• Impairment and board health assessments

    Being ill does not mean you are 'Impaired'

    The Impaired Practitioner

    "I have depression, but I’m being treated by my psychiatrist and I have limited my hours of work."

    Being ill may not mean that you are impaired under the statutory definition of impairment in the Health Practitioner Regulation National Law (National Law).

    'Impairment' under the National Law means a physical or mental impairment, disability, condition or disorder and substance abuse or dependency that detrimentally affects or is likely to affect someone’s ability to practise their profession.

    If your illness does not impact on your ability to work, then you do not come within the definition of impairment. The Medical Board may want to be satisfied that there is a proper structure of support while you are practising. The Board may require you to be assessed by a Board appointed doctor to satisfy the Board that your illness does not impact on your ability to work.


    When does the Medical Board get involved?

    Ultimately, it is about public safety and if the Board is concerned that your health may impact on your ability to practise medicine safely, then the Board will arrange for you to be placed on the impairment program.

    What to expect from the Medical Board?

    "I didn’t realise that it is such a formal process."

    Each State and Territory has a formalised, non-disciplinary process to assist the practitioner to address their health issues in a structured program. This will include Board medical practitioners assessing your health and ensuring that you have appropriate treating practitioners to manage your illness. It will be highly likely that there will be conditions put on your registration to ensure compliance. However, these health conditions will not be made public. There will also be a continuous monitoring process to ensure that you are complying with the conditions. The conditions may include some form of regular testing.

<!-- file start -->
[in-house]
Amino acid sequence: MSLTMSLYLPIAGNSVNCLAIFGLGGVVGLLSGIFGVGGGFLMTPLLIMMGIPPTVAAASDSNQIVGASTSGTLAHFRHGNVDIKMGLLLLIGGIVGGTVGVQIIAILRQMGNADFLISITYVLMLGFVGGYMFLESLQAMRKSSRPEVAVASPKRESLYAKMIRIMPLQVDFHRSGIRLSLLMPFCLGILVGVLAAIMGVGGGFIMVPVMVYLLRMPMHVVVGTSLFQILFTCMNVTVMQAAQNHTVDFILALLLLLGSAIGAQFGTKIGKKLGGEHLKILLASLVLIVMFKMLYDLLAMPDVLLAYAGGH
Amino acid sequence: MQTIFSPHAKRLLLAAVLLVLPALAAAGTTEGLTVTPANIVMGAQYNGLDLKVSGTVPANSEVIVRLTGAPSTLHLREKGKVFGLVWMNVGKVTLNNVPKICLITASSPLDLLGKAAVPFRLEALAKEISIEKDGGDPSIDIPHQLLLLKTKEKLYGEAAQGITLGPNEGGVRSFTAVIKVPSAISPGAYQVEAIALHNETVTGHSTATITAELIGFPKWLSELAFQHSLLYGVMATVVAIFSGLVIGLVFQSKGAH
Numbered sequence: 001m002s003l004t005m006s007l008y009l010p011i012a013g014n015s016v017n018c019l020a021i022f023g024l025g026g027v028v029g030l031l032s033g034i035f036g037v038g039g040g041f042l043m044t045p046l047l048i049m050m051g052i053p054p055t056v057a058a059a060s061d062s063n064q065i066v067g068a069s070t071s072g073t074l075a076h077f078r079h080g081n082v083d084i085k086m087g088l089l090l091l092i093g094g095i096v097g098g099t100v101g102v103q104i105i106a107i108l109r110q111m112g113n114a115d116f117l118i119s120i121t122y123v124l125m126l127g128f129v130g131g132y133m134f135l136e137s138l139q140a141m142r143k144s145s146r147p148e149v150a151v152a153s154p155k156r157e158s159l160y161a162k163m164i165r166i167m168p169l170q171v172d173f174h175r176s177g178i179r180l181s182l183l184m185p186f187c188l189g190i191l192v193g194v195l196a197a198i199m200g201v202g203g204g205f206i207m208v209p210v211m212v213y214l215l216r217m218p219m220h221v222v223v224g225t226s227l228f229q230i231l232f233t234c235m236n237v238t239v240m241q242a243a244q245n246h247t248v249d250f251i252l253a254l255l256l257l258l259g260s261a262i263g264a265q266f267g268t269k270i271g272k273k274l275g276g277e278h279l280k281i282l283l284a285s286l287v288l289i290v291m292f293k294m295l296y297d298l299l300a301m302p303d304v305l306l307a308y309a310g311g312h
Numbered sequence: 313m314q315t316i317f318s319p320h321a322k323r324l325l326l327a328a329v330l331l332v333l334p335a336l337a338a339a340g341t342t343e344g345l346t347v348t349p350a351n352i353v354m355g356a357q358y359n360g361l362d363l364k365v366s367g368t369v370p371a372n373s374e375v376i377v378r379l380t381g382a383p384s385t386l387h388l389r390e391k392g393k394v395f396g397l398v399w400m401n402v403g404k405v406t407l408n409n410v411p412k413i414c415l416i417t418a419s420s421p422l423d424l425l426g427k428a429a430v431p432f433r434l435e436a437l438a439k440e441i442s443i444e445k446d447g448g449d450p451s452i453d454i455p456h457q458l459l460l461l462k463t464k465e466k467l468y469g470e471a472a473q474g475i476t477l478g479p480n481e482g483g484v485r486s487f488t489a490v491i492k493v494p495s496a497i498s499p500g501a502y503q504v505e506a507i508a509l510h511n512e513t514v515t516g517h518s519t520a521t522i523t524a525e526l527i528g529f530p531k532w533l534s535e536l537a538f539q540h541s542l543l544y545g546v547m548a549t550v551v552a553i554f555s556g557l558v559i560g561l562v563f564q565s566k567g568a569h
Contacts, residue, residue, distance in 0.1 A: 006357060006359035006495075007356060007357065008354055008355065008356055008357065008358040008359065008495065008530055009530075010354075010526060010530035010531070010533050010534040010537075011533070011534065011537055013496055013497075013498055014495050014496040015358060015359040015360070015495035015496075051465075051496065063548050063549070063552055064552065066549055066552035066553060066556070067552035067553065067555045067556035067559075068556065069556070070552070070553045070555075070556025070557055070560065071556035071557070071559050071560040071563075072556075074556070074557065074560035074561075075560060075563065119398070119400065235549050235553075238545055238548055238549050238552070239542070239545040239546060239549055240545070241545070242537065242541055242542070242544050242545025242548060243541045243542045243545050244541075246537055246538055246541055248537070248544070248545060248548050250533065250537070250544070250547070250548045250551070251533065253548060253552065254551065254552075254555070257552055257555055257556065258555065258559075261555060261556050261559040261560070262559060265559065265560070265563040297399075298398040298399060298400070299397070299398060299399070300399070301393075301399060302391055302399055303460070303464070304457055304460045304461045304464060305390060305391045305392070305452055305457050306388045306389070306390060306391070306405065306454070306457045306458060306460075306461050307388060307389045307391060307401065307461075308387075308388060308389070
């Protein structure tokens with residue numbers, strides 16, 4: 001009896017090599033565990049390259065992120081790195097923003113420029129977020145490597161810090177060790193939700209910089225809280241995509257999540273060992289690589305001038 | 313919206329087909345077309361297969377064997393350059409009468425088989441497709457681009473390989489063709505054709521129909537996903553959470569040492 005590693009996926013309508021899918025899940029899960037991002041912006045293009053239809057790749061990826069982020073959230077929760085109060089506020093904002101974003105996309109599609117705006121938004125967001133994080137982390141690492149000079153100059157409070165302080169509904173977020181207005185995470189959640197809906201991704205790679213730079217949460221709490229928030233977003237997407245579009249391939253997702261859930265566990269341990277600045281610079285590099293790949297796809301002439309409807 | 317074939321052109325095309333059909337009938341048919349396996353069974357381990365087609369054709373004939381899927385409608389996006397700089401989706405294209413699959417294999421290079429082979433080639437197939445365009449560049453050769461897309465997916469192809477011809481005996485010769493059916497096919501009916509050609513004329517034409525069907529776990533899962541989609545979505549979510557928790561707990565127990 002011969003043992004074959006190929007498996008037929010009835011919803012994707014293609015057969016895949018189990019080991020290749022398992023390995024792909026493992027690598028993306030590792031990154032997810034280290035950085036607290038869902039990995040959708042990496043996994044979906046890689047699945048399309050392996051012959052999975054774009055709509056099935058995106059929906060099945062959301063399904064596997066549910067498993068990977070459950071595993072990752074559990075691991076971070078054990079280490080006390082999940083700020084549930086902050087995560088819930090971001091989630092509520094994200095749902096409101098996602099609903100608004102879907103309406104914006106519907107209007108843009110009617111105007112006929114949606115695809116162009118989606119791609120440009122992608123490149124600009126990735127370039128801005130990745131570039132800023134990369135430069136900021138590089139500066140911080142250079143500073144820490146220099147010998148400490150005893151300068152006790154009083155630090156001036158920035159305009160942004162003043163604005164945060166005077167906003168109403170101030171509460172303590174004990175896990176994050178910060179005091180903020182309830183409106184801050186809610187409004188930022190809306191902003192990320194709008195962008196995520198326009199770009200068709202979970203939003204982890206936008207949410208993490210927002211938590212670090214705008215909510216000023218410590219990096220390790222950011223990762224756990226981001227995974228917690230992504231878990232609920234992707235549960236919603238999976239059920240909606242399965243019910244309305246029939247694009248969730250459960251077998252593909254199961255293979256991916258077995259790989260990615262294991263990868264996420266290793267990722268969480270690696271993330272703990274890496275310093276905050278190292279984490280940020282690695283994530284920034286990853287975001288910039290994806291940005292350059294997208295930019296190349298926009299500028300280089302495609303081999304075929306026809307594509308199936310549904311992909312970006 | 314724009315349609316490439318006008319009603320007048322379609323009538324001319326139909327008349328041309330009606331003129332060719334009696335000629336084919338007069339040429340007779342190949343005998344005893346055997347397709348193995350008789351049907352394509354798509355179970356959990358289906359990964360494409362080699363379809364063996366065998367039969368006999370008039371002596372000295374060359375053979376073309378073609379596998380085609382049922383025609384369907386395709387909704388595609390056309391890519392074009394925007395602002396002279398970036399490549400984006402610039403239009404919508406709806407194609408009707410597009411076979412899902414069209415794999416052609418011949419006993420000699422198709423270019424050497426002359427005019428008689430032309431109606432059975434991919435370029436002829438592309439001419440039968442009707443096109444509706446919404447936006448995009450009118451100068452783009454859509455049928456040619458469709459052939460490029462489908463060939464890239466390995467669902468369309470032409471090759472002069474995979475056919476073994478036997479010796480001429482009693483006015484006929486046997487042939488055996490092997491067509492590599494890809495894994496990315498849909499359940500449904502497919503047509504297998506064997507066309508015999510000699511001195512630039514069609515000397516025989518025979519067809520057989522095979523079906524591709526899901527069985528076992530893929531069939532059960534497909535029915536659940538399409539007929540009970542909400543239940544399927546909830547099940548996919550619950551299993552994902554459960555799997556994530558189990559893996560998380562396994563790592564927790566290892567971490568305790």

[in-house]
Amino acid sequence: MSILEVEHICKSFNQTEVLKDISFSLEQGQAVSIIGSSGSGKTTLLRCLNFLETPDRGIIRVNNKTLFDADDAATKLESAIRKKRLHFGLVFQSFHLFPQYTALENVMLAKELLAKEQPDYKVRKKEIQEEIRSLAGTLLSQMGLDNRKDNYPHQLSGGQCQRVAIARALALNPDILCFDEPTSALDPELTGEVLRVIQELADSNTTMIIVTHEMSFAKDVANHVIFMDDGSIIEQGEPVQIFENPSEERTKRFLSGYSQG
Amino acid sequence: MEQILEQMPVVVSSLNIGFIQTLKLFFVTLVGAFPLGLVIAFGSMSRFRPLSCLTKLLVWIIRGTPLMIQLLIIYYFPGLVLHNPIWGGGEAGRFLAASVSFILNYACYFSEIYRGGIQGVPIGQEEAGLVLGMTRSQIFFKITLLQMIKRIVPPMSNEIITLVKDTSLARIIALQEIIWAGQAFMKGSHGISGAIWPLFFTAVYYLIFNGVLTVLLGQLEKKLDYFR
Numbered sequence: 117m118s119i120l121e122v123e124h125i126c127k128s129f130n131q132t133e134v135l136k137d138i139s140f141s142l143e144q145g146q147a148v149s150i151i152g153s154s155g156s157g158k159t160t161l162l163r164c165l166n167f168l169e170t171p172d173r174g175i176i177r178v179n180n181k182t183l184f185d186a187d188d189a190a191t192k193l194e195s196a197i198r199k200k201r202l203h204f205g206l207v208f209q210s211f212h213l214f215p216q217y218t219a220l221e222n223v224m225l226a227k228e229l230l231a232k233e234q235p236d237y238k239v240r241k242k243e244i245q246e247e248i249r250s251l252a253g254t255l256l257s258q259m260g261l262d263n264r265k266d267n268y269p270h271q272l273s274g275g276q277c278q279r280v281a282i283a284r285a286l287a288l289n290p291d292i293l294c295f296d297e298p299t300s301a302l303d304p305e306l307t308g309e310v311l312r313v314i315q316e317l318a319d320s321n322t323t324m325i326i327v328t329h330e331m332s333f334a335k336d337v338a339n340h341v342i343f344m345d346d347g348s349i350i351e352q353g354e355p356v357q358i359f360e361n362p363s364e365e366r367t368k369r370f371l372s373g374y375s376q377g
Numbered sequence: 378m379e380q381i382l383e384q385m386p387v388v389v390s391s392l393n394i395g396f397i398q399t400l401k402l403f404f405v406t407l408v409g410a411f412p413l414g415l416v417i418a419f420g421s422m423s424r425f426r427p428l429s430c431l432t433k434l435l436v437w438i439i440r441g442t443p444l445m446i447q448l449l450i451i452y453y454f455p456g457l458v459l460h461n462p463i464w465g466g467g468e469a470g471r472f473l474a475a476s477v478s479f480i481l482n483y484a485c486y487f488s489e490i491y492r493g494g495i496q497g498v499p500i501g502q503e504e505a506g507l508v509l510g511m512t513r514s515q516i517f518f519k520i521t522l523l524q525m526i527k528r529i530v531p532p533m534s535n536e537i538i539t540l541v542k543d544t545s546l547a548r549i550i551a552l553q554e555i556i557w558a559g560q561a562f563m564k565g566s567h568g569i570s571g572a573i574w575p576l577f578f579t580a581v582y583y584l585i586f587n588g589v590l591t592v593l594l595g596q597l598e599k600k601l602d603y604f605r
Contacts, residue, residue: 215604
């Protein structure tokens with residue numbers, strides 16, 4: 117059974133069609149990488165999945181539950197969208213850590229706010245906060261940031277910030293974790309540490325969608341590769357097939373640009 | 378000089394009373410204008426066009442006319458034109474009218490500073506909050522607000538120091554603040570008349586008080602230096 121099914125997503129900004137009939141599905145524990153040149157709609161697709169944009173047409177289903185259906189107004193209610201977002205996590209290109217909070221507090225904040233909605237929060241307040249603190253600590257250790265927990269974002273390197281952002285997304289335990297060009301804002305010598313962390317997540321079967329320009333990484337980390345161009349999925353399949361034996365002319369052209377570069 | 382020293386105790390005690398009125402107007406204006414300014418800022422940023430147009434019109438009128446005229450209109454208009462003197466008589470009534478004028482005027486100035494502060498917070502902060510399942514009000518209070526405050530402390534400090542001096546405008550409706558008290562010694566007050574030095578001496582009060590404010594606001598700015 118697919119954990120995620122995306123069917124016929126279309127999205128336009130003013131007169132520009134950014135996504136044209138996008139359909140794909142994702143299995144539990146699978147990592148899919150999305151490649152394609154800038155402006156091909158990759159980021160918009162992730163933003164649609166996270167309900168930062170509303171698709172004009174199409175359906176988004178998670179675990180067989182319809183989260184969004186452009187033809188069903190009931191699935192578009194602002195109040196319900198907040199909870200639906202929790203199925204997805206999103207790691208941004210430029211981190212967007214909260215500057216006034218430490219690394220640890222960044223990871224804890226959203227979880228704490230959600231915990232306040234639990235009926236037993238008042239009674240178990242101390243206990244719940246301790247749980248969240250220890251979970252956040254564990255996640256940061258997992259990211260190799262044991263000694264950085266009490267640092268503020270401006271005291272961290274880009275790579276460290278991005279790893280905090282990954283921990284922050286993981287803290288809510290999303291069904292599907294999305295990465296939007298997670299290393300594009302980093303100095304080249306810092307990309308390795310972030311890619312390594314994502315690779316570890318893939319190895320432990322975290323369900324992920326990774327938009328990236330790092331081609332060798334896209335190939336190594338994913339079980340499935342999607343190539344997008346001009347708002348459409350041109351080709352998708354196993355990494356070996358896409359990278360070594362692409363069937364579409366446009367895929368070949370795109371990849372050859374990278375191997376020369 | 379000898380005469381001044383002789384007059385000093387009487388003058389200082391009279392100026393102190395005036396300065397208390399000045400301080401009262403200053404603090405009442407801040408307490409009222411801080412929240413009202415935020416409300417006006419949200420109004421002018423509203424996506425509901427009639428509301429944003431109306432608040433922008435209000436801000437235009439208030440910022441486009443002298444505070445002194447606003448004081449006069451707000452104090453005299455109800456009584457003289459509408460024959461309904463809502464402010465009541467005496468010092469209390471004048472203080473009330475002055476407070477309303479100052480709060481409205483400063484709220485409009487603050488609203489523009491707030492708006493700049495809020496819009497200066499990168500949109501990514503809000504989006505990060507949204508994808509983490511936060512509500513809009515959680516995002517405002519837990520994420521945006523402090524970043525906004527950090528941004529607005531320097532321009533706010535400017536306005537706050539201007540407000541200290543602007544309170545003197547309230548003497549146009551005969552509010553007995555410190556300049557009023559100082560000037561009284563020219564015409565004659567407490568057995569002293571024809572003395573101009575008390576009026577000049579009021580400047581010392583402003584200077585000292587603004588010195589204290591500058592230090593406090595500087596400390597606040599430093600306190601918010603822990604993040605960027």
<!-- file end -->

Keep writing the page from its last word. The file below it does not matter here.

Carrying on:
What do we do to support you?

    "We assist you with each step in the process."

    We have been closely involved with the Impairment Programs throughout Australia over many years. We understand the stress involved in maintaining your practice whilst being ill, but we also understand what it’s like being on the Impairment Program. We provide assistance and advice at each stage of the Impairment Program. We can attend interviews with you and provide advice if there are issues in meeting your conditions.

    Realise it is a journey

    "Recovery can take time."

    Being on the Impairment Program is a process which may take a number of years. The Board needs to be comfortable that you are well enough to return to practise without a formalised structure of support.

    What if I’m not safe to practise?

    "It happened so quickly, I didn’t know what to do."

    If you or your colleagues feel that you are not safe to practise because of your illness, contact Avant immediately. If you continue to practise the Medical Board may take urgent action to stop or limit you from working. The Board may place conditions on your registration to limit your work.

    What does it mean by monitoring?

    "They are pretty strict conditions. What if I slip up?"

    Monitoring is very much part of the structure of support to assist an impaired practitioner to practise safely. The paramount consideration for the Medical Board is public safety and an independent way of checking that you are safe to work is through monitoring your health. This could involve CTD testing (providing regular blood samples) or ETG testing (urine samples). There may well be thrice weekly urine drug or ETG testing. There could be random testing. If the Board decides to implement testing, then this will be a condition on your registration (though not made public) and you must comply with the testing requirements. If you do miss a test, please contact us immediately so that we will be able to notify the Board. There may be pragmatic reasons why you have missed the test, such as a public holiday, however, in all circumstances you need to be vigilant in complying with your conditions.

    If you have any concerns and issues about your health and its impact on your practice, please contact our Medico-legal Advisory Service (MLAS) on 1800 128 268 for assistance and advice. We can provide you with medico-legal advice when you need it, even 24/7 in emergencies.